Bicarbonate buffers can sometimes be useful for experiments in which non-phosphate buffers are preferred. One of the problems with preparing a bicarbonate/carbonate buffer, however, is that adding HCl to lower pH to the target value will cause carbon dioxide to be lost from solution. There is, however, a procedure that sidesteps this problem and will give you a buffered solution with a pH of about 10.3.
- Skill level:
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Things you need
- Sodium bicarbonate
- Deionised water
- Calibrated pH meter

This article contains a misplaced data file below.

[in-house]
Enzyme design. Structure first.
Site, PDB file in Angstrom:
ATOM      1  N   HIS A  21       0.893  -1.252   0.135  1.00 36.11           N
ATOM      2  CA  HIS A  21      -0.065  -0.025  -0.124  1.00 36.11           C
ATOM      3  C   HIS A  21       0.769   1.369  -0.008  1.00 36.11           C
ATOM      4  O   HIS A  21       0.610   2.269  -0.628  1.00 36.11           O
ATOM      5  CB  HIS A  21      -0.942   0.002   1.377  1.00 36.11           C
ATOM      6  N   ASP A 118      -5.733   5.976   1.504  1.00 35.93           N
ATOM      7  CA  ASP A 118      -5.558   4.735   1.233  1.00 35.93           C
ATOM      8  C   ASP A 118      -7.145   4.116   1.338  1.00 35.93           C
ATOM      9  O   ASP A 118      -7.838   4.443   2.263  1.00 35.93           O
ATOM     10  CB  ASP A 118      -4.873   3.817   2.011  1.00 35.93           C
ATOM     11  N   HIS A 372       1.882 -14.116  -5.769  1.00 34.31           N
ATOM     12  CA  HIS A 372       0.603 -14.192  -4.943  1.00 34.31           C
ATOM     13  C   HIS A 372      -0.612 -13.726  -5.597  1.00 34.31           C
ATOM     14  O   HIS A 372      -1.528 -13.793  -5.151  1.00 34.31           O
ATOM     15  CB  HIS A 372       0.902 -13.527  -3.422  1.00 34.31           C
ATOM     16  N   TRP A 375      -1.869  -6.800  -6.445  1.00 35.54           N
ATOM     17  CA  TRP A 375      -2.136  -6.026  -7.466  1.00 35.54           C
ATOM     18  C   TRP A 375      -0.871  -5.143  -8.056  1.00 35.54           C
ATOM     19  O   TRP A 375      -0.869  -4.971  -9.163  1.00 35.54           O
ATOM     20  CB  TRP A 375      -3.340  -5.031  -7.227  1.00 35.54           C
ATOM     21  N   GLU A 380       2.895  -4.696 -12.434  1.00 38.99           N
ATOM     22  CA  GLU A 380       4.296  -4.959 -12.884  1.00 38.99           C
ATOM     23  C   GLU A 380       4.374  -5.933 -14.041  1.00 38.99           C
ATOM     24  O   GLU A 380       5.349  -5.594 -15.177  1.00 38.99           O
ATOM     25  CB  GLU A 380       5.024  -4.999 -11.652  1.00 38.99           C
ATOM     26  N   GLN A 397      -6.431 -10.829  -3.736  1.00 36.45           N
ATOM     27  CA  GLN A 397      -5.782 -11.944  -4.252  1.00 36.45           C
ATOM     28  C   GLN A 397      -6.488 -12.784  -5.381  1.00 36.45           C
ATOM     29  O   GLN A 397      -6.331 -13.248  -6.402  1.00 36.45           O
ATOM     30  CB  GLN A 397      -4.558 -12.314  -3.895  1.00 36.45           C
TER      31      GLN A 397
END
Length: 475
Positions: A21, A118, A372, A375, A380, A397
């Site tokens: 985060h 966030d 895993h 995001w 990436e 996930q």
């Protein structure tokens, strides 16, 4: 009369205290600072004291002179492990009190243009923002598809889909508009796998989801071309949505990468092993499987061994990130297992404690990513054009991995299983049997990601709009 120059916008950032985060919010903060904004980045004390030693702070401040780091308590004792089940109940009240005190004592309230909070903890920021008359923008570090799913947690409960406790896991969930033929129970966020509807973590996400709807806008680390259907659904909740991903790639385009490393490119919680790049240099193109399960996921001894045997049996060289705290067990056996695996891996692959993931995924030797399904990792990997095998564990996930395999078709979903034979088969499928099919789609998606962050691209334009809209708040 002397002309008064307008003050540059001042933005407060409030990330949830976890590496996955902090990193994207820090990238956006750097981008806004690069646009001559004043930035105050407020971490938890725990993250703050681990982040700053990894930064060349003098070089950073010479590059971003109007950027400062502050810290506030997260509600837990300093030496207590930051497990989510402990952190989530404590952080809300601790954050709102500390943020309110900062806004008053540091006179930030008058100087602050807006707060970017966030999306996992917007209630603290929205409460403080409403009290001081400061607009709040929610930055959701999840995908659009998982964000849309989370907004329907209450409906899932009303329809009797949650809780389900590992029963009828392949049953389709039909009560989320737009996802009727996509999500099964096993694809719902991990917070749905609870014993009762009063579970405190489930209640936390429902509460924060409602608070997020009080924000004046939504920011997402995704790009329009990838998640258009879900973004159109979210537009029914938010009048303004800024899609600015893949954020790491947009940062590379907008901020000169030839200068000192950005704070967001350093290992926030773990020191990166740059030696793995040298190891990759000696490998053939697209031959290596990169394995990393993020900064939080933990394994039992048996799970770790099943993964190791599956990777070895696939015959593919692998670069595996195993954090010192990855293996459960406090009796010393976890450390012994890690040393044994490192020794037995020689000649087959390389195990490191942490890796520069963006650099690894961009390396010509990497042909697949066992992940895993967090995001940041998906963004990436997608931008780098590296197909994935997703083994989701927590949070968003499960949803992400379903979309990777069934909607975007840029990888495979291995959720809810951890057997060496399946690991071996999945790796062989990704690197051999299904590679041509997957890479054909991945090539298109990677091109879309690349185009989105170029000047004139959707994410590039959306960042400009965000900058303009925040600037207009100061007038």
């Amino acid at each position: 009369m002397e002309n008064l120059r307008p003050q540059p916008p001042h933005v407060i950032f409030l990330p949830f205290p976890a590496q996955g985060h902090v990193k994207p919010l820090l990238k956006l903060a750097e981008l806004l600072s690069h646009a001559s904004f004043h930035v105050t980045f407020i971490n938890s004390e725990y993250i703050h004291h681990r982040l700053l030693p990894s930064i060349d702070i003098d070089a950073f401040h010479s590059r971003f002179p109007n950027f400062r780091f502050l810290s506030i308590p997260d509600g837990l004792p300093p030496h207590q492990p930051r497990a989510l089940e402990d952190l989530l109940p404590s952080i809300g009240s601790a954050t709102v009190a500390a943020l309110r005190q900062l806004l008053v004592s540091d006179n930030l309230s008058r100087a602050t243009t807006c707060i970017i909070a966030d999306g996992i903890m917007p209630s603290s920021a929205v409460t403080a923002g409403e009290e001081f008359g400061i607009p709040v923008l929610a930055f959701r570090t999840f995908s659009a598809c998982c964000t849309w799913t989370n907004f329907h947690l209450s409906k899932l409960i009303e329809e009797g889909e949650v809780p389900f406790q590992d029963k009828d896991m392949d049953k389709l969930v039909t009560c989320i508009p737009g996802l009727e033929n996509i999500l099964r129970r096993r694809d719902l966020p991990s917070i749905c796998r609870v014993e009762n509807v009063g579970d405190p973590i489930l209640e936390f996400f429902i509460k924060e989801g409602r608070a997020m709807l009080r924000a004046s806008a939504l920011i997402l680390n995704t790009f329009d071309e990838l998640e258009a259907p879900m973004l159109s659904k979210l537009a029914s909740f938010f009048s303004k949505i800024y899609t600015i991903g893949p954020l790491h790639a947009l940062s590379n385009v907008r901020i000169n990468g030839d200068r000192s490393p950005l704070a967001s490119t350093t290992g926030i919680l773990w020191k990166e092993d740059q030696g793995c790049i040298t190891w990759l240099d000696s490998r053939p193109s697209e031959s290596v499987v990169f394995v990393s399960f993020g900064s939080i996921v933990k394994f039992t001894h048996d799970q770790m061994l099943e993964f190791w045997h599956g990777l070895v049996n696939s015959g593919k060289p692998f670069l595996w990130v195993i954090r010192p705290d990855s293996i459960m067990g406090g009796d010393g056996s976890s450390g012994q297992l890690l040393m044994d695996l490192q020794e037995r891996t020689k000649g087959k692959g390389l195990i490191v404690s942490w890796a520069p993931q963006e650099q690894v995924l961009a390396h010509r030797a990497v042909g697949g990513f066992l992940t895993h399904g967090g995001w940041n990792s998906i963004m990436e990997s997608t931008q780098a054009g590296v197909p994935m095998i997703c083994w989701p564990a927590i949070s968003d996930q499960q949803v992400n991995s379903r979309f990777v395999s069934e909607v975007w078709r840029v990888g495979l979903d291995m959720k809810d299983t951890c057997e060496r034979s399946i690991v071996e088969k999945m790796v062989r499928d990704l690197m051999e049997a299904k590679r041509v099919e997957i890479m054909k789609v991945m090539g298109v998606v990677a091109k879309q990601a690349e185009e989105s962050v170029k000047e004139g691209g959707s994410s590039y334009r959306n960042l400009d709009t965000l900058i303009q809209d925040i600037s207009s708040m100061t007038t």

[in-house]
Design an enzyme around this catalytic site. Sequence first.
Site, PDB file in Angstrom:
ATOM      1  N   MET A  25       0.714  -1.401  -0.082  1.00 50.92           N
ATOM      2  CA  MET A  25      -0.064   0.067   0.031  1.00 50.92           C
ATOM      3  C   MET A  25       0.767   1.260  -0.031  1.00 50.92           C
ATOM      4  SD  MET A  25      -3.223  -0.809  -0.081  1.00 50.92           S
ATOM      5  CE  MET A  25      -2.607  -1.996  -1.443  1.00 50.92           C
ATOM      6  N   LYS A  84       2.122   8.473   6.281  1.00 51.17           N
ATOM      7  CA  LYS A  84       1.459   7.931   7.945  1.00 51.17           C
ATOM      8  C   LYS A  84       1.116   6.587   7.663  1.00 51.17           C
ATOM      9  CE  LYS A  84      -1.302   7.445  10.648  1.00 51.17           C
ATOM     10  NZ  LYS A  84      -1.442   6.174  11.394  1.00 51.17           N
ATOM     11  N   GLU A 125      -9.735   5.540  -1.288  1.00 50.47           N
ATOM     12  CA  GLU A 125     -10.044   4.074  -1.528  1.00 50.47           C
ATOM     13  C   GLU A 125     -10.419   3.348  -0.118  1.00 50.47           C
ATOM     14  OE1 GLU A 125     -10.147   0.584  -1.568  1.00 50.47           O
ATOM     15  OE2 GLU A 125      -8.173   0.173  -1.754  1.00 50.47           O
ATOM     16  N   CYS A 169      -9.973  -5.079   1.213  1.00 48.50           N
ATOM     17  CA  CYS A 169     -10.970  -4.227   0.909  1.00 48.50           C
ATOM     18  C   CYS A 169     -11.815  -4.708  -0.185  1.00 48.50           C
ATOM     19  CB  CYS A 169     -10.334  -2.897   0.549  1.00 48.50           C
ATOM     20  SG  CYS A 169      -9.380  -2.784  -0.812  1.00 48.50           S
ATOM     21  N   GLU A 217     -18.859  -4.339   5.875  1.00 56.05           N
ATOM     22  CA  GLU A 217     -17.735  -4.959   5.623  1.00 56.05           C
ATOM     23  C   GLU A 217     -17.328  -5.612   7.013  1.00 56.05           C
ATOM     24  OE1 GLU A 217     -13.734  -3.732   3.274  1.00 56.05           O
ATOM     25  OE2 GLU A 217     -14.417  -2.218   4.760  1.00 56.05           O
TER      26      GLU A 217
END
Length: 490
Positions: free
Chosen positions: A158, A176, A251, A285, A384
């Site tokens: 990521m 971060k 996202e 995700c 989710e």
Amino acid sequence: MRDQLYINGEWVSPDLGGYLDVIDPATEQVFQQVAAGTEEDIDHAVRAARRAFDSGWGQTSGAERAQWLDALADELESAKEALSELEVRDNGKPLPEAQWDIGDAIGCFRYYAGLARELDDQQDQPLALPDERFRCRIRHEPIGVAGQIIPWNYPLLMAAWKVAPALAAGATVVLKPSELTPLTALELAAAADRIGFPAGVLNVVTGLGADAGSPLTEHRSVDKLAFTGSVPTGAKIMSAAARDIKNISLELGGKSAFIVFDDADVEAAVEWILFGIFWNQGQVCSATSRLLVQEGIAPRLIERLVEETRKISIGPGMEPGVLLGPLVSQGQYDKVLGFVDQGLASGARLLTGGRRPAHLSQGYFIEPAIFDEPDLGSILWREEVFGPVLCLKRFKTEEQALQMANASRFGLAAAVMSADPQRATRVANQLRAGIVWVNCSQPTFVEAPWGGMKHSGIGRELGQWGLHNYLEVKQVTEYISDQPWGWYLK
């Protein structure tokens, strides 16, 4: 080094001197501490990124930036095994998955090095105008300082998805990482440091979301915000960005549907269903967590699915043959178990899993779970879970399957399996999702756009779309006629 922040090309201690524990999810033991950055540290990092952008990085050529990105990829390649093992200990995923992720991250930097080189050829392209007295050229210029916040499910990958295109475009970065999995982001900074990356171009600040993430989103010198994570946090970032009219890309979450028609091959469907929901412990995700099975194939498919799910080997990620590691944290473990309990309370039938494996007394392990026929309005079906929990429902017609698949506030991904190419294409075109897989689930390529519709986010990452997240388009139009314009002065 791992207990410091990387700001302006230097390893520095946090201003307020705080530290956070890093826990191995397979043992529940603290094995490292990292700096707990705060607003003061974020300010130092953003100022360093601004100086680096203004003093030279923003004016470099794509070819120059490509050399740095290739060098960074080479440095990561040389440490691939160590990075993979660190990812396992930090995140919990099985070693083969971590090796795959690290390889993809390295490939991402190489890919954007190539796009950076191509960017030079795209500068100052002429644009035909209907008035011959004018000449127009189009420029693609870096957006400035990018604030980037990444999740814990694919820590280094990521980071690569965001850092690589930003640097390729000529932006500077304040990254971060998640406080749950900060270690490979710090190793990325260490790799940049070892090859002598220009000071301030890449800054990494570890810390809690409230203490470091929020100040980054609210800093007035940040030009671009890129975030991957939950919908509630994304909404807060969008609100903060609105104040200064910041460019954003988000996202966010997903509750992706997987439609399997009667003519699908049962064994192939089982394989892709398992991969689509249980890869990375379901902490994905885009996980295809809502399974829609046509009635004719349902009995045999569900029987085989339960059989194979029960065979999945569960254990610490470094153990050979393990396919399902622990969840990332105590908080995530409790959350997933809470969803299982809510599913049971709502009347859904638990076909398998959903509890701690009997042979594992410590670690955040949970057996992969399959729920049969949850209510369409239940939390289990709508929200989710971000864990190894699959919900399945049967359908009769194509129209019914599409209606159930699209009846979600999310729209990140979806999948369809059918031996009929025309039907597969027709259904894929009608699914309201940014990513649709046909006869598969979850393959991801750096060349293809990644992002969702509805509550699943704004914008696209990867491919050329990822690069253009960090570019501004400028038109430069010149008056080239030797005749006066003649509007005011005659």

- Sodium carbonate
- 2 beakers
- Stir bar
Using the pipette, add 100ml of deionised water to the beaker.
Measure 6g of sodium bicarbonate, add it to the deionised water and stir. This will prepare a supersaturated solution.
Insert the calibrated pH meter and measure the pH of your solution; it should be about 8.4.
Slowly add sodium carbonate to the solution while watching the pH until it reaches 10.3.
Decant the clear liquid portion of your solution into the second beaker. Discard the remaining sediment.
Measure the pH of your solution and dilute it to the desired volume.
Seal tightly when storing.
Tips and warnings
- A bicarbonate-carbonate buffer is best for target pH values within 1 of 10.3, which is the pKa2 value for carbonic acid.
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